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Based on the novel by the name, the thriller Puerto Vallarta Squeeze, was a story that never should have happened. No matter how good a film may be, I can not get into it when there is a huge and obvious plot hole. The film wasn't terrible, but it could have been so much better if they had just eliminated the obvious! Scott Glenn stars as a CIA hitman, who after executing his target, kills a potential witness, someone he shouldn't have killed. Following orders, his team leaves him stranded in the small Mexican city of Puerto Vallarta. The hitman needs to get back to the states and decides to pays a couple to take him on a ride to the boarder, never informing them that the Mexican authorities, as well as the CIA, are chasing him. What doesn't make sense to me, is if this guy is such a big time hitman, and he's on the run, why not just steal the car? It really wasn't necessary to drag this couple into it, when all they did was slow him down. This could have been a terrific action thriller, instead it was full of this non-sense, involving this random couple. Scott Glenn stars, and he's one of these guys whose name you don't recognized, but who has had minor roles in huge films for decades. Even I didn't realize until I looked him, but Glenn was in The Silence of The Lambs and The Hunt For Red October. He was very good, but the problem was that it wasn't believable. He wasn't injured, he didn't know these people, and there was no reason for him to take them along. They hindered his getaway and just destroyed the story. Also worth noting is that this was the last film to feature teen heartthrob, Jonathan Brandis, who killed himself in 2003. I've always liked Brandis, as he had a major role in one of my favorite TV shows, Seaquest DSV. He didn't get much work as an adult, which is considered to be one of the major reasons behind his suicide, but it was interesting to see one of his few adult roles. He didn't play a very interesting character, but only ever knowing him as a teen, I really wanted to see what he had become before the tragedy. Puerto Villarta Squeeze had a great back story, but it wasn't the focus of the film. The hitman's interaction with this bizarre couple was, and it just ruined the whole thing.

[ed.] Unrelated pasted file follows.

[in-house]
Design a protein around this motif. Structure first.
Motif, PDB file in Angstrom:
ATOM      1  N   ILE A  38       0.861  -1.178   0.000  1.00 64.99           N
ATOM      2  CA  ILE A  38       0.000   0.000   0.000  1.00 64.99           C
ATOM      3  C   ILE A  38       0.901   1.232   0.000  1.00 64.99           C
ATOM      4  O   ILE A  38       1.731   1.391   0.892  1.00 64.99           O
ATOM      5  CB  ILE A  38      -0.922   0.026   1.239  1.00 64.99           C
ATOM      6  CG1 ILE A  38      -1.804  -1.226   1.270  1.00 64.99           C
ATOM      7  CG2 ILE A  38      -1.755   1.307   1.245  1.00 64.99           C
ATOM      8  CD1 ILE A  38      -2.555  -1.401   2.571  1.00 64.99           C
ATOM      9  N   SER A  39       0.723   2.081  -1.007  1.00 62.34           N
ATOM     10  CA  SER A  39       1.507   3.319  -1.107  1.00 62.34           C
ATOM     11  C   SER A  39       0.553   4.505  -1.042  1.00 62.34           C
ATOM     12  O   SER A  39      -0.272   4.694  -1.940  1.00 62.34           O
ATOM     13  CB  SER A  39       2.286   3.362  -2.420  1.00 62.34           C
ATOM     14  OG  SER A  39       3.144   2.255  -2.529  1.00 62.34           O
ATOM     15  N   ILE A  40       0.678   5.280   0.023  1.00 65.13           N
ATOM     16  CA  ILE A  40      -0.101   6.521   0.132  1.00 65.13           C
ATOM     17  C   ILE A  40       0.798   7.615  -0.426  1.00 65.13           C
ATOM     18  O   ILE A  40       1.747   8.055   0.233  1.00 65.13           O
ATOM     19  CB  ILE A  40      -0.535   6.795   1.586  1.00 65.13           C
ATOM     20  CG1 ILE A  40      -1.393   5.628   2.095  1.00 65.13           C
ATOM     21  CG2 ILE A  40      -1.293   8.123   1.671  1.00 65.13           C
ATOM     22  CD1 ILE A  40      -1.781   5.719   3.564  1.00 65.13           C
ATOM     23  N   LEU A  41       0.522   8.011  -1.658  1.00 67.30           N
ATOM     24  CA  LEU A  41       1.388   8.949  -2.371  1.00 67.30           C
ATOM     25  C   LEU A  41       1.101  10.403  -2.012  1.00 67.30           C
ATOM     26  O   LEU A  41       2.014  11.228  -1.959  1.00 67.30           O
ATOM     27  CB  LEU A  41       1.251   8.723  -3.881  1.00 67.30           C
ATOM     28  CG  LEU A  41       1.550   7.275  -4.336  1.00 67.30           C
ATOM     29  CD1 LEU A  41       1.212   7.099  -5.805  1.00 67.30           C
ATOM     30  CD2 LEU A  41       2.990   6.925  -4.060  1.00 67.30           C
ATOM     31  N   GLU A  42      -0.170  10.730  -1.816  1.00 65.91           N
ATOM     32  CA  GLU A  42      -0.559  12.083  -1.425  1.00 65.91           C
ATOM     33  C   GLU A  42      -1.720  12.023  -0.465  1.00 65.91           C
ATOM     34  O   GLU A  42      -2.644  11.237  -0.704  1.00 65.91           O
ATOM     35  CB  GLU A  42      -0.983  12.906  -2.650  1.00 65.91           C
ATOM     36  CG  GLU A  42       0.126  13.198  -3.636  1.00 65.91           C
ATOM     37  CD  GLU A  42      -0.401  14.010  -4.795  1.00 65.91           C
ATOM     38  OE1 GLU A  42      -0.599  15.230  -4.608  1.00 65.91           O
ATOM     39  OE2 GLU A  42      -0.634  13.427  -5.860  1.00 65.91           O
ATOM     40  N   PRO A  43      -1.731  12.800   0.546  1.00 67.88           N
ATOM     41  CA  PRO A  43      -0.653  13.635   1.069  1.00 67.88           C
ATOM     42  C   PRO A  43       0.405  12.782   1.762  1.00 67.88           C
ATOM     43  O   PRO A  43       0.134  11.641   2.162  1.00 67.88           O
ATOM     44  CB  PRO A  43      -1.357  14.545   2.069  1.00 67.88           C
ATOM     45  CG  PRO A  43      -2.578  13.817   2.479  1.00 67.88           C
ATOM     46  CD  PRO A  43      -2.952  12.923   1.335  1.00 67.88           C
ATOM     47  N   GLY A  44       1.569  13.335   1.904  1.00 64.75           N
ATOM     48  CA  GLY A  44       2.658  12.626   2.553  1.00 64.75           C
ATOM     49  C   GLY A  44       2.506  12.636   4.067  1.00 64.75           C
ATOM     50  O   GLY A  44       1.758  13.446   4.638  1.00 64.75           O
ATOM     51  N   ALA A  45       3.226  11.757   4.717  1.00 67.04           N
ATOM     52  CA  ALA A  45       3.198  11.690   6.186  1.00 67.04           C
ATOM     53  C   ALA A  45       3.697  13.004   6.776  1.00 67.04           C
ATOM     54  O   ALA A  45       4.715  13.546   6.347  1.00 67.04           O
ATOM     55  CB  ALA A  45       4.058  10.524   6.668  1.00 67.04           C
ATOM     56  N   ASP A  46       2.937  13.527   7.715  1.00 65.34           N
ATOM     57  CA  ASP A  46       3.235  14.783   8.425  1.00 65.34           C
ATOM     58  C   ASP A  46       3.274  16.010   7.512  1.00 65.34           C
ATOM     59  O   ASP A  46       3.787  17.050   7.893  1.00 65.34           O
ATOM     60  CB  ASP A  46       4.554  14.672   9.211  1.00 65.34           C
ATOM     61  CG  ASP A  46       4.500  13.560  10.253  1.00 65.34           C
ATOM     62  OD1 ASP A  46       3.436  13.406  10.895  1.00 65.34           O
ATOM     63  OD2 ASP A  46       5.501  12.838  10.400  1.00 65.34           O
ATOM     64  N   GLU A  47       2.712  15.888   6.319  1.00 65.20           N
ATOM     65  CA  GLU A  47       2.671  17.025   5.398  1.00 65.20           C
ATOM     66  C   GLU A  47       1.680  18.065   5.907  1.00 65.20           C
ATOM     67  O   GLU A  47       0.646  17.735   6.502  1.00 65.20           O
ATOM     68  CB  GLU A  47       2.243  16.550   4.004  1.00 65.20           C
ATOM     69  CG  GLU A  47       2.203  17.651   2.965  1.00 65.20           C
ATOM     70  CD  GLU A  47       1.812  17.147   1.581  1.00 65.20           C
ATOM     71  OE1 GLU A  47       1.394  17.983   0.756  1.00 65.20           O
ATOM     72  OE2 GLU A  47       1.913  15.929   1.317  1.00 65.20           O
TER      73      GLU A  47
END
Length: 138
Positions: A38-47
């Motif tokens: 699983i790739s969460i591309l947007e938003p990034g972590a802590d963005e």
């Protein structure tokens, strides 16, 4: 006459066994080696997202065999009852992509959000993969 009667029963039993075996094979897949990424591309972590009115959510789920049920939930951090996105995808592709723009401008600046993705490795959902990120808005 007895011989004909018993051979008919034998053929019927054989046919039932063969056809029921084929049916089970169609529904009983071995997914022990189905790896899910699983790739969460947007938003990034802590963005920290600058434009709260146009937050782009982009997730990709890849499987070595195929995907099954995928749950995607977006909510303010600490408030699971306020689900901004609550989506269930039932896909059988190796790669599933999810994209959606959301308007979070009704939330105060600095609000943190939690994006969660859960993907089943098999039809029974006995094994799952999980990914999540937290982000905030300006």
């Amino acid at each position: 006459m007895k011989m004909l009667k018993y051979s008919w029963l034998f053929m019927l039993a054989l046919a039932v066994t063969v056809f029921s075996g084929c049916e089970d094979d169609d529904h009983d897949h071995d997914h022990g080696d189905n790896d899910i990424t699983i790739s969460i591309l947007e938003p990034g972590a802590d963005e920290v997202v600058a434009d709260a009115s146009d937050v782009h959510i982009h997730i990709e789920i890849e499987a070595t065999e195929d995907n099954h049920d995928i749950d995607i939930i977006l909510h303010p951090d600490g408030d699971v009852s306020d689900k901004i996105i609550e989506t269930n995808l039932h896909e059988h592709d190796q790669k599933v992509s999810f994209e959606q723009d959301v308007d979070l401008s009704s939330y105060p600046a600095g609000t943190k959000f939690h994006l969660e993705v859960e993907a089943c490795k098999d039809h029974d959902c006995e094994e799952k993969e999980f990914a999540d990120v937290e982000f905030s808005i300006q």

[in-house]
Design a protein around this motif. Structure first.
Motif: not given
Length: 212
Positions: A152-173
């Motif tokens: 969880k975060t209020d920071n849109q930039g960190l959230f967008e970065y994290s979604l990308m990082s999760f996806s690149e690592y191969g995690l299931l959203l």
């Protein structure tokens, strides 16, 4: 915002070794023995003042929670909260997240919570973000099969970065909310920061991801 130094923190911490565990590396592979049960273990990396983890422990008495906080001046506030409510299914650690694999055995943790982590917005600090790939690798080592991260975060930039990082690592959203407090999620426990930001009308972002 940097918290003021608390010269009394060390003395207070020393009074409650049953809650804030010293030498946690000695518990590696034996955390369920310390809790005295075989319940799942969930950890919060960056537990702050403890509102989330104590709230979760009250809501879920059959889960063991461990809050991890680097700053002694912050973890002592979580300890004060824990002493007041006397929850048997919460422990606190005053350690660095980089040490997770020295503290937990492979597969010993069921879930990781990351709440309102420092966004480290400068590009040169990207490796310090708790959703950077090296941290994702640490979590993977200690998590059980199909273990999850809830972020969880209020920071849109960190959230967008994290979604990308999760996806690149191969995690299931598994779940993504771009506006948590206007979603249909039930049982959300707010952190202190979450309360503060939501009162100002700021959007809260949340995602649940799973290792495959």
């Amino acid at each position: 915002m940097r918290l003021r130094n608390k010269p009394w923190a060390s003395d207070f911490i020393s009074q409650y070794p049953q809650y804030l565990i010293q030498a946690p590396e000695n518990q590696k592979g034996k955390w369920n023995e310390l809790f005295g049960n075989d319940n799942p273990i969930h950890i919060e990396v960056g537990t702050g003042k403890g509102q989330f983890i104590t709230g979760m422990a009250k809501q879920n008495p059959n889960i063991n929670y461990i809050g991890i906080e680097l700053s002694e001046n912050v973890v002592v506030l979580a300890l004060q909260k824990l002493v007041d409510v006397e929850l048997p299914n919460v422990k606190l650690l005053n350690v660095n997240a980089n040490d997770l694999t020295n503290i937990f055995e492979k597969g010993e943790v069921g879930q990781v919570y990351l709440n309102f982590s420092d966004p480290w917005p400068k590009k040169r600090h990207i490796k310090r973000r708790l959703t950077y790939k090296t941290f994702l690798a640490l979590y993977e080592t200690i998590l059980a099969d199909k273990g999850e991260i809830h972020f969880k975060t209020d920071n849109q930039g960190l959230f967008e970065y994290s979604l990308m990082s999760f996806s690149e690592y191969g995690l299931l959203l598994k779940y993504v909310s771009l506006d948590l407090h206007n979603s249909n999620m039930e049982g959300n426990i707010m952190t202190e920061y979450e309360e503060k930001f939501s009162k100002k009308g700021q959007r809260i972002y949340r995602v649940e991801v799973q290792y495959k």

For nearly six decades, Meyer Lansky was the brains behind the mafia, and is credited for their rise to power in Las Vegas. While being one of the more interesting criminals to ever live, his role was mainly behind the scenes and the film about his life turned out to be much less interesting than the man himself. Meyer Lansky (Richard Dreyfuss) was a Europen Jew, who fled to America in the early 20th century. Living on the streets of New York, he quickly fell in with the wrong people and started laundering money and bootlegging alcohol for some of New York's biggest gangsters. Lansky along with Lucky Luciano and Bugsy Siegel, formed one of the most profitable organizations in the history of the Mob, and are credited as the first group to officially be refereed to as organized crime. I've always loved mafia movies and did genuinely want to learn more about Meyer Lansky, but the truth is, what he did really wasn't that interesting. He wasn't a boss, he wasn't a hitman, he was basically an accountant, trying to make money for all kinds of nasty people. The film was basically a behind the scenes look at the mob and I found it to be very long and boring. Reclusive veteran, Richard Dreyfuss, takes on the role of Lansky and fits the character like a glove. Dreyfuss even mirrored Lansky's mannerisms and was really very good. From an artistic stand point, Lansky was worth watching, as Dreyfuss wasn't the only one to turn in a powerhouse performance. I went into this film looking for an intense, fast-paced thriller, but what I got was more like some documentary on the mob, that put me to sleep. Everything was as it should be for an epic drama, but the truth is, the man they chose to feature, just wasn't the type of guy that needed to have a film made about his life.
Bridge To Terabithia is one of my all time favorite fairy tales and when I heard they were making it into a movie, I was very excited. When I heard it was Disney doing it, I was mordified. Disney has a way of taking classic tales and distorting them into happy, loving, little stories that completly ignore the underlying issues, but with Bridge To Terabithia they didn't do that. This movie was fantastic and every bit as impactful as the original story. The young leads are terrific, the movie is visually appealing, and the story is left virtually untouched. This is a good one!